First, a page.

• Live
    • Audio Only
  • Share on Google +
  • Share on Facebook
  • Share on twitter
  • A police vehicle is parked in front of the recently bombed offices of the PAIS Alliance in Guayaquil, Ecuador, July 13, 2015.

    A police vehicle is parked in front of the recently bombed offices of the PAIS Alliance in Guayaquil, Ecuador, July 13, 2015. | Photo: @cups_fire_gye

teleSUR
Newsletter
Get our newsletter delivered directly to your inbox

The attack took place at a time of high tension for the government. Authorities say the bomb was well-made and thoughtfully planned.

A bomb damaged the headquarters of the ruling PAIS Alliance party in the coastal city of Guayaquil, Ecuador's largest city, late Monday night, which a PAIS legislator has labeled a “message of terror.”

The bombing took place around 10:40 p.m. Monday. No details were released regarding possible motives or suspects. While no one was injured, the bomb was strong enough to damage the concrete wall and sent debris into the adjacent street. PAIS legislator Bairon Valle said the explosion was felt in a three-block radius.

"This was not a household item,” Valle said, according to national newspaper El Telegrafo, “but a high-caliber bomb, strategically placed to destroy the entire first floor of the building."

Provincial Governor Julio Cesar Quinonez agreed with Valle’s assessment Tuesday morning on national TV, saying the explosive device was a result of “thoughtful planning," and that it was not a typical homemade bomb.

"So far what we know about the police investigation is that this was a bomb thrown at the headquarters of the country, is an well-planned, elaborate bomb, which worries us even more, it did not leave a container or traces behind … it was not a homemade bomb, but the result of thought and planning to create a well-developed bomb. We are expecting a report at noon."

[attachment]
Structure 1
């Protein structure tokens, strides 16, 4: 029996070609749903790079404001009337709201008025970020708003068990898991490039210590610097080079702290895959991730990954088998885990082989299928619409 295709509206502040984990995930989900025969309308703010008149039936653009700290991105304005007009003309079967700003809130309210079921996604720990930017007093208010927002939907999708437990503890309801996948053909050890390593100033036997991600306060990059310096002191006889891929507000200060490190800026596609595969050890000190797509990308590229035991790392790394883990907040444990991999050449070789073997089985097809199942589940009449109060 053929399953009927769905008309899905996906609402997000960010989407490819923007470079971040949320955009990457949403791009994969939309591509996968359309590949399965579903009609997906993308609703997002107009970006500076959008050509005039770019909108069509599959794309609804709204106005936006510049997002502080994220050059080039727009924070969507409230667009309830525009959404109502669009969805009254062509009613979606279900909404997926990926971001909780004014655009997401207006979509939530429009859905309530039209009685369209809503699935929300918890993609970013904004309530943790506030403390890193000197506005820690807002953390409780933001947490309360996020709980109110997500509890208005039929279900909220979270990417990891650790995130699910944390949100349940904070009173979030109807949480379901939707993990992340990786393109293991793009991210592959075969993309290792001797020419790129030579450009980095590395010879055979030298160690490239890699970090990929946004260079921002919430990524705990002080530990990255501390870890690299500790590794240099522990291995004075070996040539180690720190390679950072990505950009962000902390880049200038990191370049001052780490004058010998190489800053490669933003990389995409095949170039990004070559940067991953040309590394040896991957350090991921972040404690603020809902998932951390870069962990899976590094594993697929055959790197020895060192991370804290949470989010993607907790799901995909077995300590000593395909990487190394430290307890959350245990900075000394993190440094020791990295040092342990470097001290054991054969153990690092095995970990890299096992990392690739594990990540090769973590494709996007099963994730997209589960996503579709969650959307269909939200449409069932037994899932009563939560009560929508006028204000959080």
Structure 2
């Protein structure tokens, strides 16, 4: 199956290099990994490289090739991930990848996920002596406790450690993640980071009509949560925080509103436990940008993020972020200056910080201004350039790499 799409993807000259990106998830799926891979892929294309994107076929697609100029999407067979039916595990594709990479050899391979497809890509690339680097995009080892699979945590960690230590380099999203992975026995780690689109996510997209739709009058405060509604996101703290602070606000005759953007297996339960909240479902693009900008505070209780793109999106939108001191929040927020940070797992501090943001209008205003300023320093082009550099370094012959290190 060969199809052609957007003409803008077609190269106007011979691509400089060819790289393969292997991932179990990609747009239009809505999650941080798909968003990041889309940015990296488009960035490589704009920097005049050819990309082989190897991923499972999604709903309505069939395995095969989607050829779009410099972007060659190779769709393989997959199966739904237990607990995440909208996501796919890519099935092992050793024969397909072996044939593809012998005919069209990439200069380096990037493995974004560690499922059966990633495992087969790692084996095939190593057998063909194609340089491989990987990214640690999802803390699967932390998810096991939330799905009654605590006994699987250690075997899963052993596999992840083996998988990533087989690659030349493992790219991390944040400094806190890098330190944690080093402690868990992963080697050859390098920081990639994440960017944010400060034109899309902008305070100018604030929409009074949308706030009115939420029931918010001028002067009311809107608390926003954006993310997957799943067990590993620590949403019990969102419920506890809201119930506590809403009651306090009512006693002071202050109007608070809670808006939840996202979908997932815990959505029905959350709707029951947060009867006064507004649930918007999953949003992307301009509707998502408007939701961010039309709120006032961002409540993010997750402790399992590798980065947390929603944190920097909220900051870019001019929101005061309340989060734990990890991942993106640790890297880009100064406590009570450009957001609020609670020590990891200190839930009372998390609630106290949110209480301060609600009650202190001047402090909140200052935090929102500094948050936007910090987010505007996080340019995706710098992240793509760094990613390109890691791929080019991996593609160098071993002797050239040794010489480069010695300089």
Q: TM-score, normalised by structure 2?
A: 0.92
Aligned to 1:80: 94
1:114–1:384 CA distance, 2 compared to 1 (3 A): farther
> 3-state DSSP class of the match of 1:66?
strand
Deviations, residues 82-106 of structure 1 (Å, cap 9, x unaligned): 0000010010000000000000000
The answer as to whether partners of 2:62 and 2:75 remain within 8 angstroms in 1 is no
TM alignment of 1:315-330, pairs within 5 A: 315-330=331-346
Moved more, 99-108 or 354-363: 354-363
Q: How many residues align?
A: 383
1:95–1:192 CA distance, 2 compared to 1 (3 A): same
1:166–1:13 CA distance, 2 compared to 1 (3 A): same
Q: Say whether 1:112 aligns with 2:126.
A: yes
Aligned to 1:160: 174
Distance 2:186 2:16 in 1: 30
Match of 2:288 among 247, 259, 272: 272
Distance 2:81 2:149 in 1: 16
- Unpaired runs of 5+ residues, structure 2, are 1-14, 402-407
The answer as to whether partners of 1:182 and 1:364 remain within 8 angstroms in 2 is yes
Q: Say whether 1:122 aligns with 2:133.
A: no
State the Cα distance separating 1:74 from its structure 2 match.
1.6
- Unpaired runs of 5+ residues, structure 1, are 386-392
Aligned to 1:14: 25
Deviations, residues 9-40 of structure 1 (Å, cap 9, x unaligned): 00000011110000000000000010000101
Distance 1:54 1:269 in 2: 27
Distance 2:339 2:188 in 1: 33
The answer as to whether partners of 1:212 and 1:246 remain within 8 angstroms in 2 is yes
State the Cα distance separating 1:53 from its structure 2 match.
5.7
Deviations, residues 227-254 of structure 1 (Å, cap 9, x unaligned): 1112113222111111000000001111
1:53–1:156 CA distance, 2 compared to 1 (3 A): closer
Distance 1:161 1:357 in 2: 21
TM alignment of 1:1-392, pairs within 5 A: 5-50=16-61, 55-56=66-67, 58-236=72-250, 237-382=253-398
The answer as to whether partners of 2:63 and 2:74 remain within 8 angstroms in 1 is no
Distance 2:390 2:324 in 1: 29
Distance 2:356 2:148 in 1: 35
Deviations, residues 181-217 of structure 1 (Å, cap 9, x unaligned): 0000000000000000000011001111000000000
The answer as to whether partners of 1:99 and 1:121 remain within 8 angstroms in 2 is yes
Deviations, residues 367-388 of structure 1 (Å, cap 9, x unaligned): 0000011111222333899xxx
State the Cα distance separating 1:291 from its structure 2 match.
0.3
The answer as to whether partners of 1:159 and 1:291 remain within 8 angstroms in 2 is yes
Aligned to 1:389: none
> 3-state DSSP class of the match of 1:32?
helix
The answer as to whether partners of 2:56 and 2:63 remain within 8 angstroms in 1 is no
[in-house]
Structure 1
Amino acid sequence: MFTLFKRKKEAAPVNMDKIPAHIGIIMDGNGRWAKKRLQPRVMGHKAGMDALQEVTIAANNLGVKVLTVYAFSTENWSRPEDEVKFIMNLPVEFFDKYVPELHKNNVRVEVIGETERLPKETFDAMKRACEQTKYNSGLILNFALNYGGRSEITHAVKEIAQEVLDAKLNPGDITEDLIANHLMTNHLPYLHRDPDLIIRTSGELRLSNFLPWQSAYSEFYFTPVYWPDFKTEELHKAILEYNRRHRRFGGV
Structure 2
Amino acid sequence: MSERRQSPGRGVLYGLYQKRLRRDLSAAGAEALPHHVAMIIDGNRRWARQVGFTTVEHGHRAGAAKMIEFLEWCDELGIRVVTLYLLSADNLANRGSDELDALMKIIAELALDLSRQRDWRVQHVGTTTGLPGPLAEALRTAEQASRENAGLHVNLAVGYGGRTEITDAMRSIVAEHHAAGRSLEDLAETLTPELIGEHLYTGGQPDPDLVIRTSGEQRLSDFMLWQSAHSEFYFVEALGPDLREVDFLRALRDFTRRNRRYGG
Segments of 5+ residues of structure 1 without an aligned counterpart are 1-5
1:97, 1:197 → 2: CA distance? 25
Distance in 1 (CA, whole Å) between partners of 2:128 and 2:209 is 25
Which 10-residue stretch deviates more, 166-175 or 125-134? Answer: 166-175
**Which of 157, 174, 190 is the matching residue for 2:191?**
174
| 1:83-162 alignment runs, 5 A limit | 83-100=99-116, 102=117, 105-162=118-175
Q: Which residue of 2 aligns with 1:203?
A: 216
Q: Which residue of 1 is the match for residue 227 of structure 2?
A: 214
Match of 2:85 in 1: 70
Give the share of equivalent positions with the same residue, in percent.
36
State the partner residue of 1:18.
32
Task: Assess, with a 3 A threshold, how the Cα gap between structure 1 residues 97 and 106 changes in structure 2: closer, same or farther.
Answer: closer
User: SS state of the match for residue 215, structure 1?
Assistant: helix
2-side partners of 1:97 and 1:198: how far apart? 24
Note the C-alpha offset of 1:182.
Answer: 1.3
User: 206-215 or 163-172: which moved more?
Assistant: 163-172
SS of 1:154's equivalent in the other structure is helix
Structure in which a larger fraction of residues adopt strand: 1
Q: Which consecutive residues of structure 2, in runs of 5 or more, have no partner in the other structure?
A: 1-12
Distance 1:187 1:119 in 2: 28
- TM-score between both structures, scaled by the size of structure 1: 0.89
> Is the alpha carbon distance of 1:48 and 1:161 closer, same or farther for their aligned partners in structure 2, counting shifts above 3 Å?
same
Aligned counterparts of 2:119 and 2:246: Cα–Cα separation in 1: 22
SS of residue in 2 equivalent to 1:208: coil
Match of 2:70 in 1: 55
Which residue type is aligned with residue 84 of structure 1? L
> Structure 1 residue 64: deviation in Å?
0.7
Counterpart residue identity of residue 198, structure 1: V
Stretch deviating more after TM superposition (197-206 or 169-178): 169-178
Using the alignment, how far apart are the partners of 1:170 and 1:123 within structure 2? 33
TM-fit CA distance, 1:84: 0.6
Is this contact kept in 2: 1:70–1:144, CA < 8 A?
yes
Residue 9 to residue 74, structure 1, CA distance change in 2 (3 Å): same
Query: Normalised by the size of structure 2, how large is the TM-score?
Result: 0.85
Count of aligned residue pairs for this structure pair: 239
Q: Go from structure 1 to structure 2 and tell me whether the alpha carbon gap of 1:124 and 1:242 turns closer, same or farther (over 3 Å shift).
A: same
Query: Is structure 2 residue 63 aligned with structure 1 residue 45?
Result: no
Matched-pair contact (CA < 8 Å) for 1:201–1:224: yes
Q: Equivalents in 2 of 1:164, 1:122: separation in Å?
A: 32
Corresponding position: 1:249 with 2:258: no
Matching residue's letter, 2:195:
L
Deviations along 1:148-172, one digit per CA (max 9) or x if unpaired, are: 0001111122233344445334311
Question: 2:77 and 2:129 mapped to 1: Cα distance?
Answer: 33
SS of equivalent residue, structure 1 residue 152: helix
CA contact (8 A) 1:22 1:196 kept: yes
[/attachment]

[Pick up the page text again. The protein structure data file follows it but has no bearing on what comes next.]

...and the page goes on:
Tensions in the South American country have been high since the government of Rafael Correa introduced two bills aimed at redistributing wealth and improving inequality in the country. Political opposition factions have largely rejected the president's calls for dialogue, choosing to engage instead in street protests, some of which have turned violent. To quell the unrest, President Correa opted to temporarily withdraw the bills in order to hold a nationwide debate about the aims of the bills and the direction of the country.

Valle said he is sorry this attack happened at a time when President Rafael Correa is trying to bring political sides together to have a national debate.

"We are concerned about divisive acts like this, which send messages of terror ... its a clear message the will is not there to discuss the issues, but rather to create commotion."

RELATED: Right-Wing Attack on Ecuador's Democracy

Viviana Bonilla, the Ecuadorean national secretary for political management, responded to the bombing on her Twitter account, saying, “Through dialogue everything, through force nothing. We should all reject violence.”

|

Comment
0
Comments
Post with no comments.